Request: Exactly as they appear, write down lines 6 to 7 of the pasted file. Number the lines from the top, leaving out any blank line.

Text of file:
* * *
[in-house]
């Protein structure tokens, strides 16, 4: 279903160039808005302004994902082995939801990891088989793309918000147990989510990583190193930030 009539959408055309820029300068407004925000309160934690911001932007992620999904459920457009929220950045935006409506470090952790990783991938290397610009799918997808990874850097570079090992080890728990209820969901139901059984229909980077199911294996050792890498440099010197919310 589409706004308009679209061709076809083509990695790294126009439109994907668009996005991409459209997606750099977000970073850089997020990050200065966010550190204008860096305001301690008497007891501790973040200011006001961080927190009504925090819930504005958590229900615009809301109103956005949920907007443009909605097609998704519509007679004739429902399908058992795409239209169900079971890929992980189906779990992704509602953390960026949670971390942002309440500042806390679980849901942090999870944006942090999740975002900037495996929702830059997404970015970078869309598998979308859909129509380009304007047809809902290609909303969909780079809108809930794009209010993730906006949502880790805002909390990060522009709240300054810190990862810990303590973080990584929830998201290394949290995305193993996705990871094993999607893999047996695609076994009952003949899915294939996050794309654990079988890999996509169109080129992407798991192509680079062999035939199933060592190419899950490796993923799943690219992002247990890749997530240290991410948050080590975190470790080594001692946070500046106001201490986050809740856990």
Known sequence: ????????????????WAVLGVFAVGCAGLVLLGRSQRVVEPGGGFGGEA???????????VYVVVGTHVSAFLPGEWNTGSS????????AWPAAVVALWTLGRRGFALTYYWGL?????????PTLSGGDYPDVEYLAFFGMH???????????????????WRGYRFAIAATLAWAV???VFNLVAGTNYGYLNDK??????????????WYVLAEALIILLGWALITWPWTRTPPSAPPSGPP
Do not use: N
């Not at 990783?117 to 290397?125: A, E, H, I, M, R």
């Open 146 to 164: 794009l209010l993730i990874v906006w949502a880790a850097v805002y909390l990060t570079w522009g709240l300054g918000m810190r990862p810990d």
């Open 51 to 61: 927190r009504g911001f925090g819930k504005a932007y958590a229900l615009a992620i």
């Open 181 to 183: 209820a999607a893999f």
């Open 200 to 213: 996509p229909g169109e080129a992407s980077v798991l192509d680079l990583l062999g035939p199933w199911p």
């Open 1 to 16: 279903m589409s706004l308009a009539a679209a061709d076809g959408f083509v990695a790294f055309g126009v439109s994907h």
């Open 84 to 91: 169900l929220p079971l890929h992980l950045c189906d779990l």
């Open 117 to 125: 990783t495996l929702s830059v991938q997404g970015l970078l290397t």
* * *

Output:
């Open 146 to 164: 794009l209010l993730i990874v906006w949502a880790a850097v805002y909390l990060t570079w522009g709240l300054g918000m810190r990862p810990d």
């Open 51 to 61: 927190r009504g911001f925090g819930k504005a932007y958590a229900l615009a992620i």